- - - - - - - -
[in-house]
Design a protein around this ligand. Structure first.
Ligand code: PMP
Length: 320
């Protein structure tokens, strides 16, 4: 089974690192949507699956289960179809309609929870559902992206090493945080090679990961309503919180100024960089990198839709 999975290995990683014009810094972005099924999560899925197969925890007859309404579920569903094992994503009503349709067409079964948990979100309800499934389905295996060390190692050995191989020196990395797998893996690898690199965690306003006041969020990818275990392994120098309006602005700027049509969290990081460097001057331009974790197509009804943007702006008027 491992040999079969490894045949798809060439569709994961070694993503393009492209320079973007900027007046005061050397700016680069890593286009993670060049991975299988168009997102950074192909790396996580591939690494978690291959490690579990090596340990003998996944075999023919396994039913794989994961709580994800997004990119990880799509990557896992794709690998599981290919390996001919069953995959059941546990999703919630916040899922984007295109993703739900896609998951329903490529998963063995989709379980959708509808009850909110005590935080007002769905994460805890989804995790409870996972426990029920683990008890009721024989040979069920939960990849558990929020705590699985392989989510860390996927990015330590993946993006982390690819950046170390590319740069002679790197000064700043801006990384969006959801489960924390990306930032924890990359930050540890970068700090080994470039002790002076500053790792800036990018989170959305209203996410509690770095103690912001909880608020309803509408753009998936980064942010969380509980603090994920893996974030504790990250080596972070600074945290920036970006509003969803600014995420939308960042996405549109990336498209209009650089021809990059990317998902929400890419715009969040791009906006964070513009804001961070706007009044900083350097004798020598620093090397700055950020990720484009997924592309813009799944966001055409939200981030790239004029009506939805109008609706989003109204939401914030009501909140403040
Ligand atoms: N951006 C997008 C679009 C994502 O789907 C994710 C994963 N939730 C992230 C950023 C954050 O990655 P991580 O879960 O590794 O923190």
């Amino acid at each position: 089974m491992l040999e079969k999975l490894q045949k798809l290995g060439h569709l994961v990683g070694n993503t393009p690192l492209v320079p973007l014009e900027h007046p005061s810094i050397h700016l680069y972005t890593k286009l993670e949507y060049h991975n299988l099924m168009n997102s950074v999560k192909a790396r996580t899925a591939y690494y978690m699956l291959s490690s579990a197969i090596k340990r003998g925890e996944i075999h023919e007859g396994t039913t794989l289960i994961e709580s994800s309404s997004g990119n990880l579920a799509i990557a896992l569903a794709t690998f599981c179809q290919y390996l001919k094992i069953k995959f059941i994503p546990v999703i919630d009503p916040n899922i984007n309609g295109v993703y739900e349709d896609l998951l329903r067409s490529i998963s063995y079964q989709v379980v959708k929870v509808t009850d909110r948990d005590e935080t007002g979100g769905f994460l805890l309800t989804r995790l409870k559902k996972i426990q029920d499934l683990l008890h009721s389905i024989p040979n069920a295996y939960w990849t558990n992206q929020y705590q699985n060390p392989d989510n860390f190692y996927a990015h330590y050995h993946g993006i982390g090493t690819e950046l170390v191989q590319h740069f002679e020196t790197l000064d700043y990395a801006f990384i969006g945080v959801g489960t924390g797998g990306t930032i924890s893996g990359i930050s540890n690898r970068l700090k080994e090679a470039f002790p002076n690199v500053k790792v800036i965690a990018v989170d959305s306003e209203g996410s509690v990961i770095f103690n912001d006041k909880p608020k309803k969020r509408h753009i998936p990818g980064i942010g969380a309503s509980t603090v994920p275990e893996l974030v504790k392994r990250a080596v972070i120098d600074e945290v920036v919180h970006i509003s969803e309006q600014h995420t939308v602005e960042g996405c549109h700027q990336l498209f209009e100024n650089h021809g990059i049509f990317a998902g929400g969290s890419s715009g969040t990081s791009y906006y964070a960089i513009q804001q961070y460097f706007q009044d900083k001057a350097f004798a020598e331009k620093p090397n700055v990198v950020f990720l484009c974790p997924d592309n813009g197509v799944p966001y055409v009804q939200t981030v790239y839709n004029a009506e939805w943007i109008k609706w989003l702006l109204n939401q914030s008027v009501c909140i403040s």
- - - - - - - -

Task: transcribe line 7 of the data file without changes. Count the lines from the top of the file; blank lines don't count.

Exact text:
């Amino acid at each position: 089974m491992l040999e079969k999975l490894q045949k798809l290995g060439h569709l994961v990683g070694n993503t393009p690192l492209v320079p973007l014009e900027h007046p005061s810094i050397h700016l680069y972005t890593k286009l993670e949507y060049h991975n299988l099924m168009n997102s950074v999560k192909a790396r996580t899925a591939y690494y978690m699956l291959s490690s579990a197969i090596k340990r003998g925890e996944i075999h023919e007859g396994t039913t794989l289960i994961e709580s994800s309404s997004g990119n990880l579920a799509i990557a896992l569903a794709t690998f599981c179809q290919y390996l001919k094992i069953k995959f059941i994503p546990v999703i919630d009503p916040n899922i984007n309609g295109v993703y739900e349709d896609l998951l329903r067409s490529i998963s063995y079964q989709v379980v959708k929870v509808t009850d909110r948990d005590e935080t007002g979100g769905f994460l805890l309800t989804r995790l409870k559902k996972i426990q029920d499934l683990l008890h009721s389905i024989p040979n069920a295996y939960w990849t558990n992206q929020y705590q699985n060390p392989d989510n860390f190692y996927a990015h330590y050995h993946g993006i982390g090493t690819e950046l170390v191989q590319h740069f002679e020196t790197l000064d700043y990395a801006f990384i969006g945080v959801g489960t924390g797998g990306t930032i924890s893996g990359i930050s540890n690898r970068l700090k080994e090679a470039f002790p002076n690199v500053k790792v800036i965690a990018v989170d959305s306003e209203g996410s509690v990961i770095f103690n912001d006041k909880p608020k309803k969020r509408h753009i998936p990818g980064i942010g969380a309503s509980t603090v994920p275990e893996l974030v504790k392994r990250a080596v972070i120098d600074e945290v920036v919180h970006i509003s969803e309006q600014h995420t939308v602005e960042g996405c549109h700027q990336l498209f209009e100024n650089h021809g990059i049509f990317a998902g929400g969290s890419s715009g969040t990081s791009y906006y964070a960089i513009q804001q961070y460097f706007q009044d900083k001057a350097f004798a020598e331009k620093p090397n700055v990198v950020f990720l484009c974790p997924d592309n813009g197509v799944p966001y055409v009804q939200t981030v790239y839709n004029a009506e939805w943007i109008k609706w989003l702006l109204n939401q914030s008027v009501c909140i403040s």